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Oscar winner synonymous with the golden age of Hollywood

Dame Olivia de Havilland was a British actress whose name was synonymous with Hollywood’s golden age.

After a career spanning more than 50 years, she was twice an Oscar winner. She shot to international stardom in the classic epic Gone With The Wind and was at the peak of her career in the 1940s and 1950s.

Although she lived abroad for most of her life, she descended from an old English family whose name remains equally famous in the world of aviation engineering.

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De Havilland arrives at Theater Royal Haymarket (PA)

Olivia Mary de Havilland was born in Tokyo to the daughter of patent attorney Walter de Havilland and his wife Lilian.

Her parents moved to California when she was three and divorced when she was a girl. Both Olivia and her sister Joan stayed with their mother in Saratoga.

Their mother had studied drama in London and proved to be an excellent teacher for her daughters.

After starring in lead plays in school, Olivia planned to become a speech therapy teacher and won a scholarship to study at Mills College, Berkeley.

But she never took the scholarship because she was noticed by a scout for Max Reinhardt while playing Puck in a school production of A Midsummer Night’s Dream.

Her decision to become an actress at the age of 16 sparked a furious argument with her stepfather who ordered her to leave the house. But Olivia was not deterred and was left for Gloria Stuart in the role of Hermia in Reinhardt’s Midsummer Night’s Dream in the Hollywood Bowl.

Stuart was suddenly recalled to her film studio, and Olivia stepped straight into the role.

She was an instant success, with the Warner studio offering her a film test that gave her the opportunity to reprise the role in Reinhardt’s 1935 film production.

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De Havilland, 39, and her magazine director’s fiancée Pierre Galante strolling past Victoria Embankment Gardens in London (PA)

Spurred on by this success, her younger sister Joan also decided to become an actress and moved into Olivia’s flat. She decided to take their stepfather’s last name, Fontaine, to avoid confusion between them.

Joan’s career also flourished, but professional rivalry between the sisters soon led to an irreconcilable divide.

Meanwhile, Olivia had signed a contract with Warner Brothers, and a few more films followed.

The studio then decided to screen her with an unknown actor named Errol Flynn in Captain Blood.

The chemistry between the two caused a sensation. It would be the first of many films they made together and without a doubt put them both in the Hollywood galaxy.

Early movies included Anthony Adverse, The Great Garrick, The Adventures Of Robin Hood, Dodge City, The Private Lives Of Elizabeth and Essex, and The Male Animal.

At the age of 22, George Cukor took Olivia to David O Selznick for a screen test for the role of Melanie in Gone With The Wind, for which several leading actresses had auditioned.

She got the chance to fill the role, on loan to MGM from Warner Brothers in exchange for James Stewart. The film’s release in 1939 turned her into a megastar.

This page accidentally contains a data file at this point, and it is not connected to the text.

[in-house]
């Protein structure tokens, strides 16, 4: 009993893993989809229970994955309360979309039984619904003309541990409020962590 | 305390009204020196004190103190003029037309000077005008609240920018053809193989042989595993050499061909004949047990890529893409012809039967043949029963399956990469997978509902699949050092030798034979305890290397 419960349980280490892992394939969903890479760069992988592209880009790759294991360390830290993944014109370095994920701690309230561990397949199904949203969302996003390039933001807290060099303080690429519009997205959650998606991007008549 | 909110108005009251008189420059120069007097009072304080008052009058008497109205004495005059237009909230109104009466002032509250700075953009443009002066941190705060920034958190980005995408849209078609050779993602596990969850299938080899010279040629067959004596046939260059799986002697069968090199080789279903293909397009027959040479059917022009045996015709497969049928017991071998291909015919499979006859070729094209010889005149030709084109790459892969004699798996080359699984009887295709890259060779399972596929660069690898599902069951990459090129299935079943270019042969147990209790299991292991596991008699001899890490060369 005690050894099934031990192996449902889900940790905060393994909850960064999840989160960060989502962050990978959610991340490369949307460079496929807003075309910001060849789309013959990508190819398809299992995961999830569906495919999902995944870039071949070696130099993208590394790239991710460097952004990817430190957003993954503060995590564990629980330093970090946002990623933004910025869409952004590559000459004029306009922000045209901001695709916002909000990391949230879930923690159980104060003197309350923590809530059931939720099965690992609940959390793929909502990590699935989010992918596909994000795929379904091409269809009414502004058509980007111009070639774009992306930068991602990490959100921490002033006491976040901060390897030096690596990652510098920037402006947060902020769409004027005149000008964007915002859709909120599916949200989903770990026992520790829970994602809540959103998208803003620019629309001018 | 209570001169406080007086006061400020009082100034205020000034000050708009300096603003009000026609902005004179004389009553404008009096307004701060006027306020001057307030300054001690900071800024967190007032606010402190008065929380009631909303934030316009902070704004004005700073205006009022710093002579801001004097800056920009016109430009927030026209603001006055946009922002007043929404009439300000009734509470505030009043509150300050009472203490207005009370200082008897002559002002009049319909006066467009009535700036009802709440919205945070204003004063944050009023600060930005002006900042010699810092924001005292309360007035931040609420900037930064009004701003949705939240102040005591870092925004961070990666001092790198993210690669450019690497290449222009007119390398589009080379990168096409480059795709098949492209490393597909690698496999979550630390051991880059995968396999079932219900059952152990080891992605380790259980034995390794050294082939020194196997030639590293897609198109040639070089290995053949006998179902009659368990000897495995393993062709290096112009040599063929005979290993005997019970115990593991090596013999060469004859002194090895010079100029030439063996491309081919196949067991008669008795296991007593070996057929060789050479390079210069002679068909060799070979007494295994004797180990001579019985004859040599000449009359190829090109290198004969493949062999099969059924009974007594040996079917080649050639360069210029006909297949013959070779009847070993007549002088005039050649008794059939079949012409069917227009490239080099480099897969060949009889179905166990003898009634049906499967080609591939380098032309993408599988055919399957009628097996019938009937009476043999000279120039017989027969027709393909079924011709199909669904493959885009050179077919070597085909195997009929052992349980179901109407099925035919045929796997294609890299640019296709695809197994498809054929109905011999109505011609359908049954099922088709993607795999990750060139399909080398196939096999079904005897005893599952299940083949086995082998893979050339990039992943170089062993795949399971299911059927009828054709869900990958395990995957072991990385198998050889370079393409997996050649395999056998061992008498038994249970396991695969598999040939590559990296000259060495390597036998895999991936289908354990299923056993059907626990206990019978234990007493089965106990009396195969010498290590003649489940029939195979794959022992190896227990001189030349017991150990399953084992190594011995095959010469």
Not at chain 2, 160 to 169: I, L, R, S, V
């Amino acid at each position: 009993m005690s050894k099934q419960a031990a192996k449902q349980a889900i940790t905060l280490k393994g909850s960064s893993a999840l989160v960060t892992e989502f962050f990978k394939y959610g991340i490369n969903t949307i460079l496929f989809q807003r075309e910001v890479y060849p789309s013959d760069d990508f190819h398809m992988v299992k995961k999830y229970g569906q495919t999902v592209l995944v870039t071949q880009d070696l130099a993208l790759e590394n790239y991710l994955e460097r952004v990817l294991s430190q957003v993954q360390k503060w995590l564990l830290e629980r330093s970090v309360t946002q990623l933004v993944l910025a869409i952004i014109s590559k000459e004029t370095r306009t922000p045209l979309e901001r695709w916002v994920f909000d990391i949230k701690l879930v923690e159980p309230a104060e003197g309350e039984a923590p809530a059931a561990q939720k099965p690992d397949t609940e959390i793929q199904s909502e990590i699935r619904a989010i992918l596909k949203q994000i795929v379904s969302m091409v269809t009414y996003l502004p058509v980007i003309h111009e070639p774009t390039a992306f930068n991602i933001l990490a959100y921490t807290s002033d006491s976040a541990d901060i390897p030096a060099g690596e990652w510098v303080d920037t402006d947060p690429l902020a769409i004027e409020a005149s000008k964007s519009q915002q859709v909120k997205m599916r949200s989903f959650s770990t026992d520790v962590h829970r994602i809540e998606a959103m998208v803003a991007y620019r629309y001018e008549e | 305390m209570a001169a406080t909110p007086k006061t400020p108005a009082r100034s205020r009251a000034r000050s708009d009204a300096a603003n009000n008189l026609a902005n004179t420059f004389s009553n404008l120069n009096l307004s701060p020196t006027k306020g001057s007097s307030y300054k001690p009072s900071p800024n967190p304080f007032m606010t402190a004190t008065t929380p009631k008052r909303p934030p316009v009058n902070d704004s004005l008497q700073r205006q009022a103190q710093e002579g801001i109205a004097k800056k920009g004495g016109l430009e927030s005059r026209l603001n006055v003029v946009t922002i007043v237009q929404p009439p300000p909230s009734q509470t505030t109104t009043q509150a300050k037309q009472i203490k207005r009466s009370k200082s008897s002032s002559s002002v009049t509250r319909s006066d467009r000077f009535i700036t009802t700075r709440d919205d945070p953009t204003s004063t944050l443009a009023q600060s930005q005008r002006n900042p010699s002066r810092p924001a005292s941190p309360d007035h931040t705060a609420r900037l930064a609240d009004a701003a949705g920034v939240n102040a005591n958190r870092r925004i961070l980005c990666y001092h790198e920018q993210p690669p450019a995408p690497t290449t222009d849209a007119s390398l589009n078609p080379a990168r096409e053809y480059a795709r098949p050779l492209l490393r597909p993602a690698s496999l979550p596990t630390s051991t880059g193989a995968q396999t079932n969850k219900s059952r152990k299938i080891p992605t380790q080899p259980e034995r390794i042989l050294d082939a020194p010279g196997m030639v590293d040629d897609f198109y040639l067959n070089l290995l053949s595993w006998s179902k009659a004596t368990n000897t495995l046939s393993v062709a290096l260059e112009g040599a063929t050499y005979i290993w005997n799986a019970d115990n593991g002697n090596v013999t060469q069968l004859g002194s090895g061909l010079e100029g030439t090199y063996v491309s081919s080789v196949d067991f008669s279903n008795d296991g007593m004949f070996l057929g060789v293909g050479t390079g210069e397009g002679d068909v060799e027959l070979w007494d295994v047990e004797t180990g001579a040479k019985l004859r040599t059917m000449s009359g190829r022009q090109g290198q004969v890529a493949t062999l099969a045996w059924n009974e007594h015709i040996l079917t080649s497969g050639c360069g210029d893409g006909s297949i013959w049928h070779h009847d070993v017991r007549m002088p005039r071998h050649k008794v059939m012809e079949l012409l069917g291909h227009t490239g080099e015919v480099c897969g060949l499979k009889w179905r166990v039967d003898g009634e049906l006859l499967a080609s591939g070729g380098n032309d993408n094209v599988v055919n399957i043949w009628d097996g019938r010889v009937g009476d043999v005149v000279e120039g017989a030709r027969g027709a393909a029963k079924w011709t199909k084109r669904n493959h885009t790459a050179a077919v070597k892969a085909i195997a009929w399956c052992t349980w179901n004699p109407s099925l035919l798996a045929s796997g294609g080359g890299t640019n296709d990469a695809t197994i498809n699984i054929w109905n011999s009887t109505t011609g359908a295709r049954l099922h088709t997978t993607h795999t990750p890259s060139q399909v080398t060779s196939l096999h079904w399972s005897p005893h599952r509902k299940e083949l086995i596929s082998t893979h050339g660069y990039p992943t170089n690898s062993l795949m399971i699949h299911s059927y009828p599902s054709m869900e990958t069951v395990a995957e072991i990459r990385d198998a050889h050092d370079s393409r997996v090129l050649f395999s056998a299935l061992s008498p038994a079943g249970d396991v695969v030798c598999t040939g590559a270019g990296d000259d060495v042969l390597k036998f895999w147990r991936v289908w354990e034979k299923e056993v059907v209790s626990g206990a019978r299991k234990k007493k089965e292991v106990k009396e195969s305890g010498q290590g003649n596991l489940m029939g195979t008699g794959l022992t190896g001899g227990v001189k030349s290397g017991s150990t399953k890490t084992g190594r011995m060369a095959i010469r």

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De Havilland and Errol Flynn in She died in 1941 with their boots on (PA)

Continuing acclaim for her acting in such films as Hold Back The Dawn, My Cousin Rachel and The Ambassador’s Daughter, it was her appearances in To Each His Own in 1946 and The Heiress in 1949 that earned her Oscars to add to her countless other prizes.

In addition to her success as an actress, she achieved a major victory for her profession when she won a contract battle in court against Warner. She said the biggest significance of winning her case was that studios were unable to enforce pre-war salary contracts on stars who had served during World War II.

Olivia married author Marcus Goodrich twice in 1946, from whom she divorced in 1953 and with whom she had a son. After the divorce, she settled in Paris and in 1955 married journalist Pierre Galante, with whom she had a daughter.

She continued to live in France despite Galante’s divorce in 1979.

In 1988, she happened to play the aunt of Wallis Simpson, Duchess of Windsor, in a television movie The Woman He Loved – a neighbor and friend of the Windsors who had also made their home in France.

In her later years, she retained the elegance and professionalism for which she was known and which still appeared on the big screen.

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De Havilland unveils a plaque for her co-star Vivien Leigh in 1998 (PA)

But it was perhaps inevitable that she would remain connected to Gone With The Wind and that she was regularly invited to lecture on the film.

In 2008, at the age of 92, she was awarded the National Medal of Arts by President George W. Bush.

In 2010 she again received a state prize, this time in France, where President Nicolas Sarkozy made her Chevalier of the Legion d’Honneur. He told the actress, “You honor France because it chose us.”

In June 2017, two weeks before her 101st birthday, Olivia was named a Dame Commander of the Order of the British Empire in the 2017 Birthday Honors for services to drama by the Queen. She remains the oldest woman to ever receive the honor.

De Havilland’s son Benjamin Goodrich, who was diagnosed with Hodgkin’s disease at the age of 17, died at the age of 42.

She is survived by a daughter, Gisele Galante.

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